A NASA spacecraft that took a sample from an asteroid 200 million miles away now has a plan to come back home.
On May 10, NASA's OSIRIS-REx spacecraft will leave the near-Earth asteroid Bennu and begin a nearly three-year journey back to Earth, NASA officials announced this week.
The spacecraft, formally known as the Origins, Spectral Interpretation, Resource Identification, Security, Regolith Explorer, is carrying a hefty sample it collected from the asteroid's surface in October. The goal of the mission was to collect 60 grams or 2 ounces of material -- and even though the scientists won't know for sure until they open it, it appears the collection event exceeded this goal. Regolith is a layer of dust and broken rocks on the surface of asteroids and planets.
The sample from the asteroid could shed more light on the formation of the solar system and how elements like water may have been delivered to early Earth by impacts from these rocky leftovers.
When OSIRIS-REx departs Bennu in May, it will begin the 200 million-mile trek back to Earth. It's expected to deliver the sample to Earth on September 24, 2023.
The spacecraft first arrived for a close look at Bennu in 2018 and has been orbiting the asteroid ever since. And it's going to take one last look at the asteroid before the spacecraft bids farewell to its single companion in space for the last few years.
In April, the spacecraft will conduct a final flyby of the asteroid to see how the spacecraft's contact with Bennu's surface may have altered the sample collection site.
Originally, OSIRIS-REx was scheduled to leave Bennu in March.
'Leaving Bennu's vicinity in May puts us in the 'sweet spot,' when the departure maneuver will consume the least amount of the spacecraft's onboard fuel,' said Michael Moreau, OSIRIS-REx deputy project manager at NASA's Goddard Space Flight Center in Greenbelt, Maryland, in a statement.
'Nevertheless, with over 593 miles per hour (265 meters per second) of velocity change, this will be the largest propulsive maneuver conducted by OSIRIS-REx since the approach to Bennu in October 2018.'
The early April flyby wasn't initially part of the mission, so a May departure allows more time for this last look.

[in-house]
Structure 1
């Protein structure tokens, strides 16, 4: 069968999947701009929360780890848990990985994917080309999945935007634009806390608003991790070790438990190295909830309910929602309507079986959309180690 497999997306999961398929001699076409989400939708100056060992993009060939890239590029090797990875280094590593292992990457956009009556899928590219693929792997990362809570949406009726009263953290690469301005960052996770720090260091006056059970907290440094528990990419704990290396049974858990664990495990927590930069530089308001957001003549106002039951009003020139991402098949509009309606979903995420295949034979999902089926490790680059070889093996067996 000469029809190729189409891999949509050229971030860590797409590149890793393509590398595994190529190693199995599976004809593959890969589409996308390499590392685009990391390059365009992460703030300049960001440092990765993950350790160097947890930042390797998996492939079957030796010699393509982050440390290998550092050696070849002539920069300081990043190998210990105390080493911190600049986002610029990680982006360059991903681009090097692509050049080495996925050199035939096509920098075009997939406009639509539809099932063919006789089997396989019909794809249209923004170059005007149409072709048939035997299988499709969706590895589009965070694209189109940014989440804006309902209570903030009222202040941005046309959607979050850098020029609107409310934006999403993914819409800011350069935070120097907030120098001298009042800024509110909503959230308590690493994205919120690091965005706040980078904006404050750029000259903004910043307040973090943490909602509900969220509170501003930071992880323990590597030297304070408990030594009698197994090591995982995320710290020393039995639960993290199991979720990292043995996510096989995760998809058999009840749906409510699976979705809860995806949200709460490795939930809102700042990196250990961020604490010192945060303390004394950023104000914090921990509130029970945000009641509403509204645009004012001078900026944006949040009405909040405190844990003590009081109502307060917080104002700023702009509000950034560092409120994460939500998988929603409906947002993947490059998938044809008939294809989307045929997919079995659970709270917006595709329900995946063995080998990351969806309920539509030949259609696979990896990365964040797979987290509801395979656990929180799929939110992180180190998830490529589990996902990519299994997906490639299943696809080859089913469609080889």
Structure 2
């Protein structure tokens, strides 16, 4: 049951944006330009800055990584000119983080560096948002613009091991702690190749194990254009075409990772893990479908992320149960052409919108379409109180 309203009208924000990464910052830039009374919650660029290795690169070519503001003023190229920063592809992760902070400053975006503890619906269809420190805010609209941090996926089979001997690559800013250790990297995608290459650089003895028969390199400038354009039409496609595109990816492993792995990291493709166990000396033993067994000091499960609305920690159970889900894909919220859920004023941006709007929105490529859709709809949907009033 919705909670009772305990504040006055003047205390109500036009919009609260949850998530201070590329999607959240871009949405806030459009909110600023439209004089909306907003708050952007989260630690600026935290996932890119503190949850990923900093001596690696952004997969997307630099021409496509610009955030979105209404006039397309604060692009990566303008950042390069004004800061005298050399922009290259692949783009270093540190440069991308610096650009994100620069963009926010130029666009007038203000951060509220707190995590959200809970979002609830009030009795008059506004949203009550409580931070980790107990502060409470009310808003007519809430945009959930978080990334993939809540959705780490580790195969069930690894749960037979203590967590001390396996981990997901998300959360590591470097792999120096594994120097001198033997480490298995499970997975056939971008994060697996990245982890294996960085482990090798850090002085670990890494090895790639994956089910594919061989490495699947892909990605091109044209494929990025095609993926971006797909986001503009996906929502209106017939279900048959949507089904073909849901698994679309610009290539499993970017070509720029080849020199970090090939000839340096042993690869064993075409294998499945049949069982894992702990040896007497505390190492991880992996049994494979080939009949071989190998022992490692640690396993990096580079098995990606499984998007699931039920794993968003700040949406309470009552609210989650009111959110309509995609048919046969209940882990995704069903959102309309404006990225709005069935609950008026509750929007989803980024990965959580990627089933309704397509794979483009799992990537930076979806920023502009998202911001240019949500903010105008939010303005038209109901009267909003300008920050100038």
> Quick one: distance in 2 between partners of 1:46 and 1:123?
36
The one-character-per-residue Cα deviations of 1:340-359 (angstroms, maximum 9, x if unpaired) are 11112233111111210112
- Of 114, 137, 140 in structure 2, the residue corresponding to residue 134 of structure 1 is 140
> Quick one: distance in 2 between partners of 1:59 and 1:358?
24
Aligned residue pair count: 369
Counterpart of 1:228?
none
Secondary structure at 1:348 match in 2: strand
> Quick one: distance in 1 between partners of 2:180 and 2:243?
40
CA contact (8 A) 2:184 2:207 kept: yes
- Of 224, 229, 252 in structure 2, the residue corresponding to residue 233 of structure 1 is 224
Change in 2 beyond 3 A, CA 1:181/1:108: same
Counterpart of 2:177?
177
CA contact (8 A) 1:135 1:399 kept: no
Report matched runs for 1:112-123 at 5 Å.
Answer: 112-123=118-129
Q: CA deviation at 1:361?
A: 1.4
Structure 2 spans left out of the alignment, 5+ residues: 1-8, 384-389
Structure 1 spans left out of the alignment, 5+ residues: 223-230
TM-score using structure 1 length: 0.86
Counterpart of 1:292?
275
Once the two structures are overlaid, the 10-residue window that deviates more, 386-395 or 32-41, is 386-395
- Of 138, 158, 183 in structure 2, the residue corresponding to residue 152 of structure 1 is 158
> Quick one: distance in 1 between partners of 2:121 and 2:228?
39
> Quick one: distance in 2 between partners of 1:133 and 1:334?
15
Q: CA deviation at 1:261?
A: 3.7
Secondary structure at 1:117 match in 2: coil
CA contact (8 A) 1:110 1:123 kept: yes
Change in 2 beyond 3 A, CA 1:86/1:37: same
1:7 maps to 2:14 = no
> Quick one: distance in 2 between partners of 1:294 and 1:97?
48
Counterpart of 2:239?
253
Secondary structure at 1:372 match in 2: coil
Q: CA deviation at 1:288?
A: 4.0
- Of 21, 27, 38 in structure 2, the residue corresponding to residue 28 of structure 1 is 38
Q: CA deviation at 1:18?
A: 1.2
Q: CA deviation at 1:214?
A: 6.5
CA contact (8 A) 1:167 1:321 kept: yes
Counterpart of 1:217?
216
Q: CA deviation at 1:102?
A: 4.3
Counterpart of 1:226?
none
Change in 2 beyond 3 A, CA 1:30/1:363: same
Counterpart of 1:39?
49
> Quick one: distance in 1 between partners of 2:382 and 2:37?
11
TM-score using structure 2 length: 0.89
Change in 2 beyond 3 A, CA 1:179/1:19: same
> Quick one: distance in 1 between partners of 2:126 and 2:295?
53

If all goes according to plan, OSIRIS-REx will fly over the sample site, called Nightingale, from two miles away.
When the sample collection head on the spacecraft's arm descended to the asteroid's surface in October, it actually sank about 1.6 feet beneath the material sitting on the asteroid. This was called the TAG, or Touch and Go, event.
The spacecraft also fired its thrusters to safely back away from the asteroid.
Both of these events likely kicked up material on the surface of the asteroid and changed the appearance of the Nightingale site.
This flyby will be similar to the observational ones OSIRIS-REx conducted of Bennu for about a year before the mission team decided on the right place to land and collect a sample.
The spacecraft will observe a full rotation of Bennu, including its northern and southern hemispheres and equator, and those images can be compared with the images it collected in 2019.
The flyby also serves as a good test for the scientific instruments on OSIRIS-REx, which may have been covered in dust during the sample collection. The spacecraft may have a future beyond this mission if everything is working in order since it will simply drop off the sample to Earth, not land back on the planet.
Once OSIRIS-REx approaches Earth in 2023, it will jettison the capsule containing the sample, which will shoot through Earth's atmosphere and parachute down in the Utah desert.
A team will be ready to retrieve the sample from an aircraft hangar that will serve as a temporary clean room. The sample will then be whisked away to labs that are currently under construction at Johnson Space Center in Houston.
'OSIRIS-REx has already provided incredible science,' said Lori Glaze, NASA's director of planetary science, in a statement. 'We're really excited the mission is planning one more observation flyby of asteroid Bennu to provide new information about how the asteroid responded to TAG and to render a proper farewell.'